Nothing beats free.
And the people at the Mortimer Levitt Foundation understand that – that’s why they’re giving Angelenos, Pasadena residents and anyone else who wants to drive out the opportunity to see a long list of bands for free. Starting June 18 until Sept. 4, a whopping 100 concerts will take place in MacArthur Park in Los Angeles and Memorial Park in Pasadena.
But this isn’t just any free series of concerts. Despite the fact that the concerts are completely free, a lot of work goes behind making the shows happen.
For Eddie Cota, Artistic Director of the program, the process behind choosing bands is one of utmost importance. Cota attends many music conferences, watching showcases and getting a feel for all the bands out there. Attendees, therefore, can rest assured that the musicians at these concerts aren’t just a random conglomeration of bands who had nothing else to do in their free time and no other venues to grace with their presence.
“I choose artists I believe in for the community,” says Cota.
And as he points out, the Levitt Foundation must compete to get the artists to perform for them, just like any other venue.
“We are a credible concert venue. We compete with other venues for the same talent. It’s cool that we got all these artists,” adds Cota.
Not only acting as a venue for performers to expand or kickstart their careers, the Mortimer Levitt Foundation is also extremely focused on the community. The foundation was created by Mortimer and Mimi Levitt back in 1966 and focuses on raising funds to provide surrounding communities more exposure to music. This is the ninth season for the Pasadena concerts and the fifth season for the Los Angeles concerts, making the events something huge for surrounding communities and music lovers everywhere. The foundation is non-profit and raises money year-round, which means that the artists get paid what they deserve for their performances, along with exposure to hundreds of music lovers.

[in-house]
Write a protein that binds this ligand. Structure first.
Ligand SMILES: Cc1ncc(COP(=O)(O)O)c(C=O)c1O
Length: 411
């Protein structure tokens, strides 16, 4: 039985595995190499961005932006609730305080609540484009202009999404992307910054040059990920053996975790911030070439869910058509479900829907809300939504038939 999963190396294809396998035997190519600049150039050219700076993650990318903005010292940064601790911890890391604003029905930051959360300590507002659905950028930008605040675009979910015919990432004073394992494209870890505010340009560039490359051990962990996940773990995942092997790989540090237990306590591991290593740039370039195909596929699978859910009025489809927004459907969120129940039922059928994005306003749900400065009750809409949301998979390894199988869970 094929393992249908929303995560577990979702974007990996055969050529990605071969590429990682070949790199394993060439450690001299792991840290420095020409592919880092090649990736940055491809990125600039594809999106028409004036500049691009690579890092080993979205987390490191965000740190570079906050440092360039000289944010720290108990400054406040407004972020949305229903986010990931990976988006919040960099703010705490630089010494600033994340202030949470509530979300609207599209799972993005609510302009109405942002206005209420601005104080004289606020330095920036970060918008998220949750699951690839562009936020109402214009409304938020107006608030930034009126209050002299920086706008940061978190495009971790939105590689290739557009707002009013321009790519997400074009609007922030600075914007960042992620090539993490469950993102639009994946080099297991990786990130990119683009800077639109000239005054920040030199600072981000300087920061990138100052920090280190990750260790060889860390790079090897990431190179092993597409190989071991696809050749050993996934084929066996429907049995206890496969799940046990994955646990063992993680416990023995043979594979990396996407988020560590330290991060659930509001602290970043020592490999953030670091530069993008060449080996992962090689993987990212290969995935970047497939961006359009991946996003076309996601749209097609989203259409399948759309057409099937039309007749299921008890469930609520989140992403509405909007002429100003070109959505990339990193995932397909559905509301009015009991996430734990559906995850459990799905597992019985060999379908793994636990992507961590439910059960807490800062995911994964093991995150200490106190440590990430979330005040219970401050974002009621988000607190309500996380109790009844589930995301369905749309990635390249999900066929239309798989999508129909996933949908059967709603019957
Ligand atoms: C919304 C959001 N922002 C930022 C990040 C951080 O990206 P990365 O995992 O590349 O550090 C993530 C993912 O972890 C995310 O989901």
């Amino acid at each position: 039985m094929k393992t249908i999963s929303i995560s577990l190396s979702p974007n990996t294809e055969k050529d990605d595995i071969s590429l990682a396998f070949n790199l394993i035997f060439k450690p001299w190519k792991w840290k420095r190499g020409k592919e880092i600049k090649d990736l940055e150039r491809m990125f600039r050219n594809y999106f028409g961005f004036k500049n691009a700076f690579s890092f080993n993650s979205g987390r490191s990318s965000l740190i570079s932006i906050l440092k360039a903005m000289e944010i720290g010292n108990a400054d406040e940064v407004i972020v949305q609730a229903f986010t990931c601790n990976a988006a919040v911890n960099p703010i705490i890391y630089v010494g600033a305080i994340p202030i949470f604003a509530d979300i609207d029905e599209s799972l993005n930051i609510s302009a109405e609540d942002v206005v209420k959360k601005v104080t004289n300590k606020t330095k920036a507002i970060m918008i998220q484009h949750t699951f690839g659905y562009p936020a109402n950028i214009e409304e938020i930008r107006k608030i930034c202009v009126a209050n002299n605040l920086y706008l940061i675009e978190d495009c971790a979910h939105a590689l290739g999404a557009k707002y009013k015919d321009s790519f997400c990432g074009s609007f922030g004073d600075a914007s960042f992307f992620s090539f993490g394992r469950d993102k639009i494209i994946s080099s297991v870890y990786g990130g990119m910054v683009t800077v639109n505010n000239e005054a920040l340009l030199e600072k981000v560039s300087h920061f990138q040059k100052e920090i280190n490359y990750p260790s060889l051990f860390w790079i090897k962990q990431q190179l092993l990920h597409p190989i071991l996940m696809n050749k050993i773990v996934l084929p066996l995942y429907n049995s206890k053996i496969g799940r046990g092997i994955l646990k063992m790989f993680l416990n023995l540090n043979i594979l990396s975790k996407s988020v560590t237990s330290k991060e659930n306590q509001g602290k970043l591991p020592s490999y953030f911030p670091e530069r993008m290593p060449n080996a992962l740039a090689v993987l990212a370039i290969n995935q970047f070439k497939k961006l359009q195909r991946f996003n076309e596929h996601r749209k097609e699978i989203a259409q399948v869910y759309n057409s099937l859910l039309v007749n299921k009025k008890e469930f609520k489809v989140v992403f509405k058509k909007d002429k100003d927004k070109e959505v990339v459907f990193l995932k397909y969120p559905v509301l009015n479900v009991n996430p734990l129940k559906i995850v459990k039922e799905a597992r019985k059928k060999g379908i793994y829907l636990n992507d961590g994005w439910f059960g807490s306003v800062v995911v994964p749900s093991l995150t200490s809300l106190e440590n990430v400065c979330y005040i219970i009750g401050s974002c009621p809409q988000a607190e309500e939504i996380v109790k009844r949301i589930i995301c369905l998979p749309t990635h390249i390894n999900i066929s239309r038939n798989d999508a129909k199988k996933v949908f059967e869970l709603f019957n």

What’s more, Cota is personally invested in each band he chooses and is not afraid to take risks.
“I have the opportunity to be creative, I don’t have the pressure to sell tickets. I can book new and exciting things and shock our audience and introduce it to something new,” says Cota.
Something new can come in many forms and styles, one of which is powerful trio Girl in a Coma. Playing a show at Memorial Park on Thursday, June 30 at 8 p.m., Girl in a Coma was first discovered by Joan Jett and signed to her label, Blackheart Records. Lead singer and guitarist Nina Diaz says the band loves booking as many shows as possible, and a free show sounded even better.
“We wanted to help out as much as we can,” says Diaz.
Describing the band’s sound as “alternative but punk” with a “Texas style,” Diaz wants attendees to enjoy the show, for whatever reason they might attend.
“We definitely want [the audience] to have a great experience ... people go to shows to get away from their jobs and their problems, to see people and have a good time, turn it off. Have a beer and chill out,” she says.
But don’t be fooled by the relaxed vibe that might come across from the concerts. The artists are veritable, some of them even having been nominated for Grammys. Cota strongly feels that these free concerts takes the top spot on the music programs in Los Angeles and hopes that they will continue for as long as possible.
“It’s gonna go on forever. We want to grow and grow and have our artists get better and better. The summer isn’t enough. People love free shows and great music.”
The concerts are sure to liven up any lazy summer, or as Diaz aptly puts it: “Instead of taking a nap, why not go see a free show?”
For more information, visit levittpavilionpasadena.org.
100 Free Concerts: Now-Sept. 4 @ MacArthur Park and Memorial Park
Nothing beats free.